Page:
I began research in the fall semester of my freshman year. After searching for projects I would be interested in, I contacted Dr. Farhadzadeh, and after some exchanges I started by doing literature reviews. These reviews gave me the background for the project, which was a statistical analysis of debris motion to predict their impact during floods. Though I did some work in the lab, most of the effort was computer work, specifically developing MATLAB code for tracking the debris from video footage. The work analyzing the data was challenging: something would occasionally go wrong, and each time that happened, there was the lurking fear that I would have to start again from scratch. It took some time for me to get used to this process of trial and error. However, it became an invaluable and rewarding experience: we ended up using my method and my code for analyzing video footage, and this fall we are in the process of finalizing the paper which documents our results.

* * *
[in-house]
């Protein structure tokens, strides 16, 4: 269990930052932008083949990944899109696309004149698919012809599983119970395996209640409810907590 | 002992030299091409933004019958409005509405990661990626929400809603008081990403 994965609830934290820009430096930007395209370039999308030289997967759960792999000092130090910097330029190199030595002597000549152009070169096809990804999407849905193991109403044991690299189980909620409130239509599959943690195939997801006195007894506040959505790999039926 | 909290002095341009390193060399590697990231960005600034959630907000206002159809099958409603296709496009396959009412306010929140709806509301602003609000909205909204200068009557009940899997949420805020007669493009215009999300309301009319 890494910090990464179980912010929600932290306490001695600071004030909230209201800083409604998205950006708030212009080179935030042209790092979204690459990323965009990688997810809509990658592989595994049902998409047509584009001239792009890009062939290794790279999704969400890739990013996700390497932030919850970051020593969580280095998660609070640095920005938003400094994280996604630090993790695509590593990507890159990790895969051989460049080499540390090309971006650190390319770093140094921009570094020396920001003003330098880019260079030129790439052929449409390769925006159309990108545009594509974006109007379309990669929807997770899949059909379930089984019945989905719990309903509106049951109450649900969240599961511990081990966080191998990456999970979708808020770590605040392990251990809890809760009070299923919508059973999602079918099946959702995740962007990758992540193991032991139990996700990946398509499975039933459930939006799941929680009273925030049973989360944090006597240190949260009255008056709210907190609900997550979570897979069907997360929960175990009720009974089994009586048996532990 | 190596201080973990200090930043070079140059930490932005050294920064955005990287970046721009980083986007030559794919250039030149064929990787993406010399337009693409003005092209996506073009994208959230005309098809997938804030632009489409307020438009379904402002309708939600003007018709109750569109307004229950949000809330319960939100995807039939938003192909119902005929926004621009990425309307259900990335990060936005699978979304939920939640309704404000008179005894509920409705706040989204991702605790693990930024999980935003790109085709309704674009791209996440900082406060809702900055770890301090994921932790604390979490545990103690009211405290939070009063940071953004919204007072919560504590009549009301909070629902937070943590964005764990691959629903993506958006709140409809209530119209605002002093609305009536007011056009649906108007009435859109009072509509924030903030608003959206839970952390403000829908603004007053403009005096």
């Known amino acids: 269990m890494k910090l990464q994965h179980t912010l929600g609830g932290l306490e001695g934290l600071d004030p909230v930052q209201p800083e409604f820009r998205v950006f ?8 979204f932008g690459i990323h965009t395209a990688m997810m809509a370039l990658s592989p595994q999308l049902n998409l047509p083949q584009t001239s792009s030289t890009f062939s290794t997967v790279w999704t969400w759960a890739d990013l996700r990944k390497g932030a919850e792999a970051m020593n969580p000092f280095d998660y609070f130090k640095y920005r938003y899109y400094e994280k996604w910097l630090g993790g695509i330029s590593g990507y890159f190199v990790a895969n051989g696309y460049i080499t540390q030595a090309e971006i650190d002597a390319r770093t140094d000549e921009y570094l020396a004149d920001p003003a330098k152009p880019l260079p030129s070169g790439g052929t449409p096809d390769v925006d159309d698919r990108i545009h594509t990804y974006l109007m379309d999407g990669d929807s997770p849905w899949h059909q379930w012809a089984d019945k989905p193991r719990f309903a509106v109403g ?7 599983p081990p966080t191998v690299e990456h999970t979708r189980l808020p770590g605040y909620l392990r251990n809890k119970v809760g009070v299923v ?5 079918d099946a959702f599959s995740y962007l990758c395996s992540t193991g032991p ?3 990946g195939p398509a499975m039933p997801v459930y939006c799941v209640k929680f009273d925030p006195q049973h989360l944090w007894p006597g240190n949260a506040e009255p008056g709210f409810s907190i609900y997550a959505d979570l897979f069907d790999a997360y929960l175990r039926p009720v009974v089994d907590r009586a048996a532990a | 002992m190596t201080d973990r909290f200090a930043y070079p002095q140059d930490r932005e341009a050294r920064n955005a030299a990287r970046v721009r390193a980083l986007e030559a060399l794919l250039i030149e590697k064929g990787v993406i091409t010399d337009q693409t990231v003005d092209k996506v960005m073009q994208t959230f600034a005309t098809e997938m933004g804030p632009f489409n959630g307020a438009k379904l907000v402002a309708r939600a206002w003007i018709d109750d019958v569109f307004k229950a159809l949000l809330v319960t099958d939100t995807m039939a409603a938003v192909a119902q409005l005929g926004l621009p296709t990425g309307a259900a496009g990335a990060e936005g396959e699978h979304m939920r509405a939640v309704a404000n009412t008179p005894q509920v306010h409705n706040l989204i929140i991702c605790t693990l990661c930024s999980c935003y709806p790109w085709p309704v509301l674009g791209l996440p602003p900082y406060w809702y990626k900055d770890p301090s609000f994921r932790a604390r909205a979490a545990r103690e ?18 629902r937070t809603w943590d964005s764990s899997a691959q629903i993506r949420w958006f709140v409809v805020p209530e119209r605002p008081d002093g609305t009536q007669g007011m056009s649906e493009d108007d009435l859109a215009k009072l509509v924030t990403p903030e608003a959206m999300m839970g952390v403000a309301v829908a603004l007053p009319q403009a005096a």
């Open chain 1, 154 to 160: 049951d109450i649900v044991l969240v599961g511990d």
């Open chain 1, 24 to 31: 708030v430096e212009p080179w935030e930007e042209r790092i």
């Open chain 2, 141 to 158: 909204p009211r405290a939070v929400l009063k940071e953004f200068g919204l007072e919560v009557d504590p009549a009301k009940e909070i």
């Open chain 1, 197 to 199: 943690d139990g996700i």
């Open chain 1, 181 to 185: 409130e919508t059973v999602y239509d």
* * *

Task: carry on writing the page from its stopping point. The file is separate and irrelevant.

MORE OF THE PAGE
Over the summer after my freshman year, I worked as a research intern at the Hinsdale Wave Research Lab at Oregon State University. I can honestly say that my experience there was truly unique. Just being away in Oregon was a welcome change from my demanding first year of college. I spent the summer analyzing data from a previous experiment on the effect of elevation of houses on wave-induced damage with MATLAB. While I was hoping to do experimental work, I soon became engrossed in the research.

The time at Oregon also gave me a unique perspective on how research is conducted in bigger departments. The collaboration between people of all positions and the open discussion of ideas stood out to me. Those in higher positions would talk to everyone else in the lab as friends and peers, and the discussions would be substantive; they often went into the nitty-gritty of on-going research. This is the type of environment I would like to work in throughout my career.